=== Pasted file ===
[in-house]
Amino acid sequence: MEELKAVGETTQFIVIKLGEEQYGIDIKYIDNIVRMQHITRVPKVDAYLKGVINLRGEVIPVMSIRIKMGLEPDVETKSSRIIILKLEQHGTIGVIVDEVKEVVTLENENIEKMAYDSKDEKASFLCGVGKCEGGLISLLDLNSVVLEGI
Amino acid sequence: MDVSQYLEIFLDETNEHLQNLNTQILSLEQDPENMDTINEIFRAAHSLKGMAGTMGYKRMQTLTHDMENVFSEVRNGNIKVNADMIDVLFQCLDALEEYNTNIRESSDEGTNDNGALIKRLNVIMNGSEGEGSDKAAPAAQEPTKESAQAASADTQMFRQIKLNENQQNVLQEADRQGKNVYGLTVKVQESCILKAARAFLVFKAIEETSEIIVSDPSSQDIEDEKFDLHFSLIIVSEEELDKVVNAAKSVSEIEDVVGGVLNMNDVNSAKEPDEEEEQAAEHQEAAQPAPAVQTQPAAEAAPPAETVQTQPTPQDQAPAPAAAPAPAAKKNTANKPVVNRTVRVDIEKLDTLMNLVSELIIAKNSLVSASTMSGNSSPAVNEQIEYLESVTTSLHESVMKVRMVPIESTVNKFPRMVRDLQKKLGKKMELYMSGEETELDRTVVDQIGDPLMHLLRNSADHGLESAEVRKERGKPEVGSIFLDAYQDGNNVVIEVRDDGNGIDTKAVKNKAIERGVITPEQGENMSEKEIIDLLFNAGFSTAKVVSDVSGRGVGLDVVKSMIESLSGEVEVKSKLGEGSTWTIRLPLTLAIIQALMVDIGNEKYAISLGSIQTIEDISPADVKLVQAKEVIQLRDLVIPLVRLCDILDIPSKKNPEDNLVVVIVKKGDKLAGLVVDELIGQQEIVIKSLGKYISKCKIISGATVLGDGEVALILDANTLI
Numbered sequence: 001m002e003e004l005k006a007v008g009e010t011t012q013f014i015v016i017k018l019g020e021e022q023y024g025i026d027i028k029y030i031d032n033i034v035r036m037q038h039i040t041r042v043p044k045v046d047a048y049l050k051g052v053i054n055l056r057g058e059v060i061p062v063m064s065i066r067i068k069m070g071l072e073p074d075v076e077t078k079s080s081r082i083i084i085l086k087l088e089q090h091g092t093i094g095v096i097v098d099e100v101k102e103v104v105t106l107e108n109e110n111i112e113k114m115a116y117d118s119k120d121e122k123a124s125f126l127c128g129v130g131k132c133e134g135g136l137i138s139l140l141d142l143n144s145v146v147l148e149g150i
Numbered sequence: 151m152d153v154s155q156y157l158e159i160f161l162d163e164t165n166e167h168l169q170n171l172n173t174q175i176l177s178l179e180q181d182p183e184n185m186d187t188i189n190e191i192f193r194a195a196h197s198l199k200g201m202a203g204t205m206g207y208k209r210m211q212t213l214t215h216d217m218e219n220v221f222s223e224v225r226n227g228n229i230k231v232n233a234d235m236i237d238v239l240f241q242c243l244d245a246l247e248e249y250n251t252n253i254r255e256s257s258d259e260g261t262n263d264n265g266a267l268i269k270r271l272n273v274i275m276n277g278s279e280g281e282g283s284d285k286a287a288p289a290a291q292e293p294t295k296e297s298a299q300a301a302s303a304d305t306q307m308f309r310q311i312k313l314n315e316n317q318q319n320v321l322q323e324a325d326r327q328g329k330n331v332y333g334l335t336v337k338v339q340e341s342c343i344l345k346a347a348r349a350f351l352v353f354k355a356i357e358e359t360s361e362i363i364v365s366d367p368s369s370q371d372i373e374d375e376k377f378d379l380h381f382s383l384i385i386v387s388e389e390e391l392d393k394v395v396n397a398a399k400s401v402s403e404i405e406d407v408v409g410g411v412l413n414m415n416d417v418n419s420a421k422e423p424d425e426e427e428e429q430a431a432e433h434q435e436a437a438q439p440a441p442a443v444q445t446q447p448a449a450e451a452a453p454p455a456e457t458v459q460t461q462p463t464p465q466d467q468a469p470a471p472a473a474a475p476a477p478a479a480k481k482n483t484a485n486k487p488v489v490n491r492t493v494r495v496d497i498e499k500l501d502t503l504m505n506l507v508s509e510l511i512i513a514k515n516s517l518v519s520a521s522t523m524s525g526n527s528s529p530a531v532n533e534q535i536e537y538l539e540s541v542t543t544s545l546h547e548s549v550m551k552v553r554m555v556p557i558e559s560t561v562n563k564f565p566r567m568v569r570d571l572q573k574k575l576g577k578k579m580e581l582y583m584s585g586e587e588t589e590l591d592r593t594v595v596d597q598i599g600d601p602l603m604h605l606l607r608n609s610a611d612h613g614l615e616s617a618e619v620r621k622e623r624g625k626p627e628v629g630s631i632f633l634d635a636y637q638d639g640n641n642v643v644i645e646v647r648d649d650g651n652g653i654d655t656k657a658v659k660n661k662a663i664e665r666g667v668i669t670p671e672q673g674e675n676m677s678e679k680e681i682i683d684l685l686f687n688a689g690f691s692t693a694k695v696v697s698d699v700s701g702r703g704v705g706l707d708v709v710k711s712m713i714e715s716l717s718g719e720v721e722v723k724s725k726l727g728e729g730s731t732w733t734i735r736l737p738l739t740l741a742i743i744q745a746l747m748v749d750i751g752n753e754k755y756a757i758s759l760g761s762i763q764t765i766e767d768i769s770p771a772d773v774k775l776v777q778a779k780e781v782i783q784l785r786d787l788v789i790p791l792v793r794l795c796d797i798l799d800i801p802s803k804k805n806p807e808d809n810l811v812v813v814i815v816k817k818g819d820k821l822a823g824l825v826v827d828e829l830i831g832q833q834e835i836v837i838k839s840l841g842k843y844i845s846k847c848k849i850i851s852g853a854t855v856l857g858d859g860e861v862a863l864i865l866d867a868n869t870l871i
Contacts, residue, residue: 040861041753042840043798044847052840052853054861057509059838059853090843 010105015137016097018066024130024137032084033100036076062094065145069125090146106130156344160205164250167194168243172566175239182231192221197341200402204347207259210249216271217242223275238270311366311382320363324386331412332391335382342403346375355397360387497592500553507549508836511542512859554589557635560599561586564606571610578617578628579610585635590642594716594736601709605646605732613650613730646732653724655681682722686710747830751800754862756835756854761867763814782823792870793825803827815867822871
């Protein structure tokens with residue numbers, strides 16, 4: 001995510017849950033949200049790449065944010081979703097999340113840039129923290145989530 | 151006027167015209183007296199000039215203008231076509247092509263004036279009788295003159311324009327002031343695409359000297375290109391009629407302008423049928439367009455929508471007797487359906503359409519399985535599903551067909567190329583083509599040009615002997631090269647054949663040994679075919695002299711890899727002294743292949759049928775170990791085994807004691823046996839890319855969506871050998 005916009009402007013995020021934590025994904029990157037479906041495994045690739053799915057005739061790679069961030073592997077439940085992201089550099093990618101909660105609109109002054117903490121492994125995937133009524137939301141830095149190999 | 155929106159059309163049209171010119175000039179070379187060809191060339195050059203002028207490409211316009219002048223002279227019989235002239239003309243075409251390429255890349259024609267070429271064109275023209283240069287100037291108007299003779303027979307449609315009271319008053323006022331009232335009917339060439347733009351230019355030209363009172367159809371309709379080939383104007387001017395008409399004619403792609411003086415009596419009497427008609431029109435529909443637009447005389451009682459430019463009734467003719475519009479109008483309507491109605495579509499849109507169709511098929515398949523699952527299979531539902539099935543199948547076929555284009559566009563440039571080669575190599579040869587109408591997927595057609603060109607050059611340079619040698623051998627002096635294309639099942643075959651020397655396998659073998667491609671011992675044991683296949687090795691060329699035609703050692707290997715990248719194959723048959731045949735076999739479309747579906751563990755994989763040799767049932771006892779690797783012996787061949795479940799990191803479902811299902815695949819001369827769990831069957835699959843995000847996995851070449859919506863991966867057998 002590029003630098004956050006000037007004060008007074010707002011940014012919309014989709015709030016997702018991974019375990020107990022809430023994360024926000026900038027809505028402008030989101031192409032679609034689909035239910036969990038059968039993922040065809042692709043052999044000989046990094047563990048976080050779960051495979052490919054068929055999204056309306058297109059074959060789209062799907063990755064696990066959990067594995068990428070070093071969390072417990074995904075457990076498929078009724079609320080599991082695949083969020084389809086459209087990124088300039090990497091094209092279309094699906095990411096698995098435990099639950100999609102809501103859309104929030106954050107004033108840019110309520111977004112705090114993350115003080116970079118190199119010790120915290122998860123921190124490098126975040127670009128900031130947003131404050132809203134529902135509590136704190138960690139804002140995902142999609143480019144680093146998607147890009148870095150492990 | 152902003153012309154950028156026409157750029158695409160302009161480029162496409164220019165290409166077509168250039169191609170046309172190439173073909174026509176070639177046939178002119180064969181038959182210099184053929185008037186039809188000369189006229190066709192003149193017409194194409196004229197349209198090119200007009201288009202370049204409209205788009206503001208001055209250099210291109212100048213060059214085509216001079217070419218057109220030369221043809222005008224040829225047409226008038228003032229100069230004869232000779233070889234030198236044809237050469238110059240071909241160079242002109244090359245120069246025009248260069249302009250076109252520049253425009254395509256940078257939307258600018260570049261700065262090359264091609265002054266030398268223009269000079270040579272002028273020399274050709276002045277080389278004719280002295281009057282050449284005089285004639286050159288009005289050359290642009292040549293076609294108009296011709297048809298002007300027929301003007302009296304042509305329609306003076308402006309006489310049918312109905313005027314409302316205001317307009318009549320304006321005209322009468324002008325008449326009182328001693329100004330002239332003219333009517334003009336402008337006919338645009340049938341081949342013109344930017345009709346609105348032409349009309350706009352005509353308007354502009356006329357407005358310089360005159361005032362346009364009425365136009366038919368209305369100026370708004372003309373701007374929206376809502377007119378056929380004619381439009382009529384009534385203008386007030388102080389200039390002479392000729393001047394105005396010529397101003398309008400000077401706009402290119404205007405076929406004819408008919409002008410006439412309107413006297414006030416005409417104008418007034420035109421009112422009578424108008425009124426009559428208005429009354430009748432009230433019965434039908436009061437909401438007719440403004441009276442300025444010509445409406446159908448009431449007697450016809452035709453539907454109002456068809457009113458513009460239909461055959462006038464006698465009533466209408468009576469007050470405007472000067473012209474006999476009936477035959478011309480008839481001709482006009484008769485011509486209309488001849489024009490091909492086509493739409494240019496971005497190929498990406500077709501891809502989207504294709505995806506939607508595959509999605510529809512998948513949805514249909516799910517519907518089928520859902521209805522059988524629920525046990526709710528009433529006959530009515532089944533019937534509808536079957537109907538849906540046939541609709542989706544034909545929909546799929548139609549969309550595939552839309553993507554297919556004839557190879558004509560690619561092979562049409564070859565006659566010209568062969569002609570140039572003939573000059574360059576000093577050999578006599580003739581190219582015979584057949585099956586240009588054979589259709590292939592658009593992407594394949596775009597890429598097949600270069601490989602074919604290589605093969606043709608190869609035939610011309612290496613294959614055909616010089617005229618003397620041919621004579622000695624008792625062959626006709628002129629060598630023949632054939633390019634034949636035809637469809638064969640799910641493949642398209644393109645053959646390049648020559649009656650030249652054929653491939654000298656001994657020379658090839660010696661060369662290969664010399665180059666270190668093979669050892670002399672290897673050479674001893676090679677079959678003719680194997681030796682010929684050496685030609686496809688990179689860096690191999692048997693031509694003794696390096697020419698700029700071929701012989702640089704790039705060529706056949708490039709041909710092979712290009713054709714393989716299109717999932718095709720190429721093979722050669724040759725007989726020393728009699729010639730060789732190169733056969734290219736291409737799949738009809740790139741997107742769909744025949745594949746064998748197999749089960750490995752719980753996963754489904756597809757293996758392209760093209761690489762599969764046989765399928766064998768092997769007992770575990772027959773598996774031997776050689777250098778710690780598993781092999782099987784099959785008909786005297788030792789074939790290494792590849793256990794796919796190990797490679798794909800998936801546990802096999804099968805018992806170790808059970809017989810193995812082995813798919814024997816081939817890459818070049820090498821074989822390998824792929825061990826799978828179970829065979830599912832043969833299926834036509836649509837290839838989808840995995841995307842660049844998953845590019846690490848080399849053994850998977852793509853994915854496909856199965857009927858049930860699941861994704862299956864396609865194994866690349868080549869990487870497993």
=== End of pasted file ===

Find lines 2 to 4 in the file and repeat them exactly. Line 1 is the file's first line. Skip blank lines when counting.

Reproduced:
Amino acid sequence: MEELKAVGETTQFIVIKLGEEQYGIDIKYIDNIVRMQHITRVPKVDAYLKGVINLRGEVIPVMSIRIKMGLEPDVETKSSRIIILKLEQHGTIGVIVDEVKEVVTLENENIEKMAYDSKDEKASFLCGVGKCEGGLISLLDLNSVVLEGI
Amino acid sequence: MDVSQYLEIFLDETNEHLQNLNTQILSLEQDPENMDTINEIFRAAHSLKGMAGTMGYKRMQTLTHDMENVFSEVRNGNIKVNADMIDVLFQCLDALEEYNTNIRESSDEGTNDNGALIKRLNVIMNGSEGEGSDKAAPAAQEPTKESAQAASADTQMFRQIKLNENQQNVLQEADRQGKNVYGLTVKVQESCILKAARAFLVFKAIEETSEIIVSDPSSQDIEDEKFDLHFSLIIVSEEELDKVVNAAKSVSEIEDVVGGVLNMNDVNSAKEPDEEEEQAAEHQEAAQPAPAVQTQPAAEAAPPAETVQTQPTPQDQAPAPAAAPAPAAKKNTANKPVVNRTVRVDIEKLDTLMNLVSELIIAKNSLVSASTMSGNSSPAVNEQIEYLESVTTSLHESVMKVRMVPIESTVNKFPRMVRDLQKKLGKKMELYMSGEETELDRTVVDQIGDPLMHLLRNSADHGLESAEVRKERGKPEVGSIFLDAYQDGNNVVIEVRDDGNGIDTKAVKNKAIERGVITPEQGENMSEKEIIDLLFNAGFSTAKVVSDVSGRGVGLDVVKSMIESLSGEVEVKSKLGEGSTWTIRLPLTLAIIQALMVDIGNEKYAISLGSIQTIEDISPADVKLVQAKEVIQLRDLVIPLVRLCDILDIPSKKNPEDNLVVVIVKKGDKLAGLVVDELIGQQEIVIKSLGKYISKCKIISGATVLGDGEVALILDANTLI
Numbered sequence: 001m002e003e004l005k006a007v008g009e010t011t012q013f014i015v016i017k018l019g020e021e022q023y024g025i026d027i028k029y030i031d032n033i034v035r036m037q038h039i040t041r042v043p044k045v046d047a048y049l050k051g052v053i054n055l056r057g058e059v060i061p062v063m064s065i066r067i068k069m070g071l072e073p074d075v076e077t078k079s080s081r082i083i084i085l086k087l088e089q090h091g092t093i094g095v096i097v098d099e100v101k102e103v104v105t106l107e108n109e110n111i112e113k114m115a116y117d118s119k120d121e122k123a124s125f126l127c128g129v130g131k132c133e134g135g136l137i138s139l140l141d142l143n144s145v146v147l148e149g150i